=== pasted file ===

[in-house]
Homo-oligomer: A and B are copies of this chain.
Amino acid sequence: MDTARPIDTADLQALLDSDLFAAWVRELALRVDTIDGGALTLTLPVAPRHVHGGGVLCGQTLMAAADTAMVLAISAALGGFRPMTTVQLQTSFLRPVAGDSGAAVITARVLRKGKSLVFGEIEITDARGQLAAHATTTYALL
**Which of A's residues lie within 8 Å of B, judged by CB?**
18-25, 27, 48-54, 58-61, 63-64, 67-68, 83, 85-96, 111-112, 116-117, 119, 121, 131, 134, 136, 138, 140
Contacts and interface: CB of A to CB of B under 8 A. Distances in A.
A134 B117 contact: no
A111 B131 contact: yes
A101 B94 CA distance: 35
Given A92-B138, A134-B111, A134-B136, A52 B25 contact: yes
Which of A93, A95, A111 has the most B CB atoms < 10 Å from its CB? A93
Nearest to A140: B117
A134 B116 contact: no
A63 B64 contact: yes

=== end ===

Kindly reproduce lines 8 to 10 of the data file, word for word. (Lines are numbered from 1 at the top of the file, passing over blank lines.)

A111 B131 contact: yes
A101 B94 CA distance: 35
Given A92-B138, A134-B111, A134-B136, A52 B25 contact: yes